With IOTA, no history is needed for all transactions to check if tokens have been added out of nowhere (hypothetical inflation bug). The limited balance is completely circulated and known to all synchronized nodes and before nodes can send IOTA tokens they always need to verify that the number of IOTA tokens is correct. In doing so any change to the ledger is validated by all synchronized nodes (consistency check of the ledger), therefore it is very easy to verify the total amount of limited IOTA tokens in existence. All nodes keep a list and check if the number remains consistent with each transaction. It is impossible to change the amount of IOTA tokens without changing the software (hardcoded) on all nodes, which would be a mandatory destructive update. Of course, such an update will not work without the support of the entire community and could even lead to a split in the network if there is disagreement (requires an additional coordinator to be trusted in IOTA 1.x).
“If more than 50% of the node operators decide to manually reset their nodes after a bug, then theoretically this is possible. The extent to which this actually works in practice depends on how serious the problem is. When Bitcoin created 184 billion Bitcoins out of thin air due to a bug, all miners decided to reset the network together. But that is done via “social consensus” in the real world and is not part of the protocol.” – Hans Moog, IF
Nodes that are out of sync will just get an error message and will not be able to participate in the network. When a full node comes online after being offline, the node has to listen to the network and download everything to see the status of the ledger. The node will look at the consensus and also take into account the status of the high Mana nodes. Re-commissioning a node is similar to starting a new node from scratch.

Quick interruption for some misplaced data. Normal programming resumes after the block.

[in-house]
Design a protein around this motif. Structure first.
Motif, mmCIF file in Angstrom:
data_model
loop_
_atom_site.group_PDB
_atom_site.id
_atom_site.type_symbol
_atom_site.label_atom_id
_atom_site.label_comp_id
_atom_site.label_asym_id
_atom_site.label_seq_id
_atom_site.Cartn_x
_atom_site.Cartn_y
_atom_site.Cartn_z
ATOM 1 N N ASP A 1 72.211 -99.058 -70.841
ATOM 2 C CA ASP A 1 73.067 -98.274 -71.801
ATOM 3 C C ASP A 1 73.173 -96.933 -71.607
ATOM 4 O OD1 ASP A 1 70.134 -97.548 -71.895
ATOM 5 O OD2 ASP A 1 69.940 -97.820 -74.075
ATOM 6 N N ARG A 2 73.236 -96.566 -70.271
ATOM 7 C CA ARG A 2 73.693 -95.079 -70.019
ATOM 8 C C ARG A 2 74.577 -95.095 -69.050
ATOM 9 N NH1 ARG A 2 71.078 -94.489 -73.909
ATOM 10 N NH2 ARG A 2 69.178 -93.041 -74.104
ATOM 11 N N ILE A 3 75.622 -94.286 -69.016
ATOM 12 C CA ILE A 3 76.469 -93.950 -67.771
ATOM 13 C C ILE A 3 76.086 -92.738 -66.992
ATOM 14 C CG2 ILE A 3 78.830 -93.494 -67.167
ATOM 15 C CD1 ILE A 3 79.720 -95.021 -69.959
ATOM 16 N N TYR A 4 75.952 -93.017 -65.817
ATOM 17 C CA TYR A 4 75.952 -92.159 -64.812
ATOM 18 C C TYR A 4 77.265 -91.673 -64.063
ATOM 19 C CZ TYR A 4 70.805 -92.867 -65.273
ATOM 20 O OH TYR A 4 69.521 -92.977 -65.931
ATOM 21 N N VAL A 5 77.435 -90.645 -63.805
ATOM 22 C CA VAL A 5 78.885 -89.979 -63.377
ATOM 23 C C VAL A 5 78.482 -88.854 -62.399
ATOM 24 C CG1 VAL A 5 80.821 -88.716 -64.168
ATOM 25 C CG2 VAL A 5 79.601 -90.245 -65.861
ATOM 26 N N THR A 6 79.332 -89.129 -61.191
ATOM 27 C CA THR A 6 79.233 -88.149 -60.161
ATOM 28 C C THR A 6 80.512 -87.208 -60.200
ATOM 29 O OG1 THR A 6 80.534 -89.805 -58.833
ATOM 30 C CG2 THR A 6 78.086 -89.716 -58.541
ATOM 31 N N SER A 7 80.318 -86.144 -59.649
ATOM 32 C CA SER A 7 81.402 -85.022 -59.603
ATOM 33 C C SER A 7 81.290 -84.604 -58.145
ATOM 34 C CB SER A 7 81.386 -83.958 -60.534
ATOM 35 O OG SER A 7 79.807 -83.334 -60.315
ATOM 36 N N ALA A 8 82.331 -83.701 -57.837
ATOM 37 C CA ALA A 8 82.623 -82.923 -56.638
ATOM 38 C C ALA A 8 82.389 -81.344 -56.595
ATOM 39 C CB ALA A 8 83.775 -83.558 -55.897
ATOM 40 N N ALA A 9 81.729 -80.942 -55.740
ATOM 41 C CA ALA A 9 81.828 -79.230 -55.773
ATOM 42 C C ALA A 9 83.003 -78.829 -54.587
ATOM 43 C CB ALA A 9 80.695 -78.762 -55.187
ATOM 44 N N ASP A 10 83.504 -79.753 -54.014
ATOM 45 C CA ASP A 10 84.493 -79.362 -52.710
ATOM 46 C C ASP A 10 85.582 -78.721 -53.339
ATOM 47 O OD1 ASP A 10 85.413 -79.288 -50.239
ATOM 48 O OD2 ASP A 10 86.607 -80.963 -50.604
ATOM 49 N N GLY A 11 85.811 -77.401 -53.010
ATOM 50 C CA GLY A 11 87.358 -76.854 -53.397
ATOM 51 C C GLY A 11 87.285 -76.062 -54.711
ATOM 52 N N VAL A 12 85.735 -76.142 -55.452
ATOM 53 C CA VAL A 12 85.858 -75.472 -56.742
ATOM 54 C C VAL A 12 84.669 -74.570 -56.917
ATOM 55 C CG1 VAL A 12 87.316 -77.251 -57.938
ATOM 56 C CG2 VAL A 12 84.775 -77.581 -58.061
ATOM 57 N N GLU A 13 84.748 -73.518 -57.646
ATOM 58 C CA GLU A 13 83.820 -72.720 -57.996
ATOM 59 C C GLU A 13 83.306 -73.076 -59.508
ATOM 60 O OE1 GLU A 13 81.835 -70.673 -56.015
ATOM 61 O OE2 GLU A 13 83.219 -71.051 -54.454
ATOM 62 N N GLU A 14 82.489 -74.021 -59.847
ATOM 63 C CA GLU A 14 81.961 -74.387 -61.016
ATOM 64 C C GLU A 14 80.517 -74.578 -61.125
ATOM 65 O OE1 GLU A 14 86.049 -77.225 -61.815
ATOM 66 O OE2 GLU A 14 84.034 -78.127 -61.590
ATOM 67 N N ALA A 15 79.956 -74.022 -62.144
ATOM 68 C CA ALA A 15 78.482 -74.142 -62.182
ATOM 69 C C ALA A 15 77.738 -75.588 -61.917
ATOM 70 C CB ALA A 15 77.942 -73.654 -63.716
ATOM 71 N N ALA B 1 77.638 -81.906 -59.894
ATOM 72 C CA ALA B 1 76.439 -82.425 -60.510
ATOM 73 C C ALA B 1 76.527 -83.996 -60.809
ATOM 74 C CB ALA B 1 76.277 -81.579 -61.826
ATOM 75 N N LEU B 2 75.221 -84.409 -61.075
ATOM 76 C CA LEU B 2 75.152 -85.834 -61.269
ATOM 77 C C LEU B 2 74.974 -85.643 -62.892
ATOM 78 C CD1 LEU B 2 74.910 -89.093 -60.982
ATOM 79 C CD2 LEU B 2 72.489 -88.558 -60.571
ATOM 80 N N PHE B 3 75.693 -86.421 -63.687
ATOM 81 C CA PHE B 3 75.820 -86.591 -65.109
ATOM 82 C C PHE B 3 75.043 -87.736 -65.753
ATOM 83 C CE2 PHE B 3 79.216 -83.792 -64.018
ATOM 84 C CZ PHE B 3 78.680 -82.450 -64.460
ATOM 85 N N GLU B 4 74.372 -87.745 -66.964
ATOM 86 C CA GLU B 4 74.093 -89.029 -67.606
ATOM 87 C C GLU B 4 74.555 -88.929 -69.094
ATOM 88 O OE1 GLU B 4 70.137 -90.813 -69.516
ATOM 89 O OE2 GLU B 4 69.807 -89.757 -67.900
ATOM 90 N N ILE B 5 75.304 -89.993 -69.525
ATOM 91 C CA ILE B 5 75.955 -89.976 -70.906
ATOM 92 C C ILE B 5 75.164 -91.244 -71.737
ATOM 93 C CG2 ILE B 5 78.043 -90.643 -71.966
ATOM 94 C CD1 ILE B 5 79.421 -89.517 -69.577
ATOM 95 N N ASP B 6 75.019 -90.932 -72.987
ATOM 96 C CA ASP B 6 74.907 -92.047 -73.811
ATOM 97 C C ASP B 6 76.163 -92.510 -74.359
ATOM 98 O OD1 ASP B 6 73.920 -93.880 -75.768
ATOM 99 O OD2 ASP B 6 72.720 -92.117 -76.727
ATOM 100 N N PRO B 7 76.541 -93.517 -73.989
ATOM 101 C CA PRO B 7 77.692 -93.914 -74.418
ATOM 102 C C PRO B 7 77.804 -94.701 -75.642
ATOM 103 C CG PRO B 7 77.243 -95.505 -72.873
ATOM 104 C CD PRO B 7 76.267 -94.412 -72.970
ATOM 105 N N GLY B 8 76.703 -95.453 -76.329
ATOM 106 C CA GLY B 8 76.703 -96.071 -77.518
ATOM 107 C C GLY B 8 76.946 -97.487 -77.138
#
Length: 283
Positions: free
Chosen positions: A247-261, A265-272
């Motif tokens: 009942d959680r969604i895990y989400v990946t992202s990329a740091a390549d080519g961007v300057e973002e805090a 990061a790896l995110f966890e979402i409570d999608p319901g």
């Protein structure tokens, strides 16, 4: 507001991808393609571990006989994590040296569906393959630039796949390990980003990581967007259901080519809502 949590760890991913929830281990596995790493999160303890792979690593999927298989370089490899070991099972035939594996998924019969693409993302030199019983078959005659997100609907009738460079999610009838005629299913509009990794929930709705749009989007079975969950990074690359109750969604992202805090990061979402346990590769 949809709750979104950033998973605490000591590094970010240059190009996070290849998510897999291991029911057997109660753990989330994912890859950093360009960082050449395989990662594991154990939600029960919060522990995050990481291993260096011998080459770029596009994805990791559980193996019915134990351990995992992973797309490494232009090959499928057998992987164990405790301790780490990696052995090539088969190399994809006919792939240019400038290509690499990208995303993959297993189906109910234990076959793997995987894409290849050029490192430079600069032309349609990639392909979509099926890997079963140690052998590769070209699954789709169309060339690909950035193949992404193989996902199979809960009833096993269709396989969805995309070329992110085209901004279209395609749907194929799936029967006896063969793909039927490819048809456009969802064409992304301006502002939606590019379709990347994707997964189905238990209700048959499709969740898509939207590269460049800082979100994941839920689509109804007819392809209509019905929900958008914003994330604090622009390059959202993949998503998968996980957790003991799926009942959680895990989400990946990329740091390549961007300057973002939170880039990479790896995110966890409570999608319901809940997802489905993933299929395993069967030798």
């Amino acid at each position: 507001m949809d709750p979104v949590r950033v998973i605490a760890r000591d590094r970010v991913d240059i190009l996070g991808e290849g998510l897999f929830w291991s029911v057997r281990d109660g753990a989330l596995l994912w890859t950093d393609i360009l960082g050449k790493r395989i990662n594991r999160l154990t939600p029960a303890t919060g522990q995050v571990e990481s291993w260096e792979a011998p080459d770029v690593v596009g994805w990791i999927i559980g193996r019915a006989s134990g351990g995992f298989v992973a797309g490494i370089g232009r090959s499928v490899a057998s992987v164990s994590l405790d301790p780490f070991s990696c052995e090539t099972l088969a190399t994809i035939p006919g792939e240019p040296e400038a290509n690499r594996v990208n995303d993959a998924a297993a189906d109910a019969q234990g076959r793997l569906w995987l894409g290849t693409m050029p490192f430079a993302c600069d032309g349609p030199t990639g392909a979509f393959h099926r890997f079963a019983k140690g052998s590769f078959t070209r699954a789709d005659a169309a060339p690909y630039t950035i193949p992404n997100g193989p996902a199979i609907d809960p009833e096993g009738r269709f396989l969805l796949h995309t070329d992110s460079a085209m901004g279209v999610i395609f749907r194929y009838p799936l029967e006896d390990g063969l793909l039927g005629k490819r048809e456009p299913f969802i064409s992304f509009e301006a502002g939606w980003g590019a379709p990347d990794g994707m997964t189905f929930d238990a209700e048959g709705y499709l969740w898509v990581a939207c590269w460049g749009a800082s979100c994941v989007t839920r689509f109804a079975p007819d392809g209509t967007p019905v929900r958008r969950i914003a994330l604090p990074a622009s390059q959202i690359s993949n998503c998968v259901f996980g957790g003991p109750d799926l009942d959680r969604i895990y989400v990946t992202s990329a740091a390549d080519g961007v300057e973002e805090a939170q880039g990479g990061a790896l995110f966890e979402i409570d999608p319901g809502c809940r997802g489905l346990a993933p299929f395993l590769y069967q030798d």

With the completion of the Chrysalis update, the new ledger state has already been implemented in preparation for IOTA 2.0 (an extended version of the UTXO model). This new ledger state is based on the principle of parallel reality. This decouples consensus from balance tracking, which allows for high flexibility and massively reduces message complexity by only voting on conflicts. Furthermore, it becomes easier to track balances. Each address will not only contain its total balance, but also several sub-balances, which are tagged to indicate which transaction created the balances. Each token on an address is therefore uniquely identifiable and each issue would name the exact token to be moved.
As described earlier, the history of data-only (0-value) transactions can be lost over time. New transactions are only propagated (not validated), confirmed, and directly notarized by the network. With the help of “notarization” it is possible to prove that an electronic document existed in a certain form at a certain time and has not been modified since its creation. When a notarization is created, a unique hash (fingerprint) of a document is calculated and stored together with a timestamp in the IOTA ledger (tangle) in an unalterable way. If at a later time it is to be verified that the document in question existed at the claimed time and / or has not been altered. The data is retrieved from the Tangle and compared with the available information. Again, the transaction can be verified with “Proof of Inclusion”.
If someone wants to store the history of transactions in a decentralized manner, they can build a second-layer solution for this themselves, run a (selective) perma-node, or pay third parties for storage. For the IOTA base layer, the focus is on performance, throughput and security and not on building a global database.
Last Updated on 21. June 2021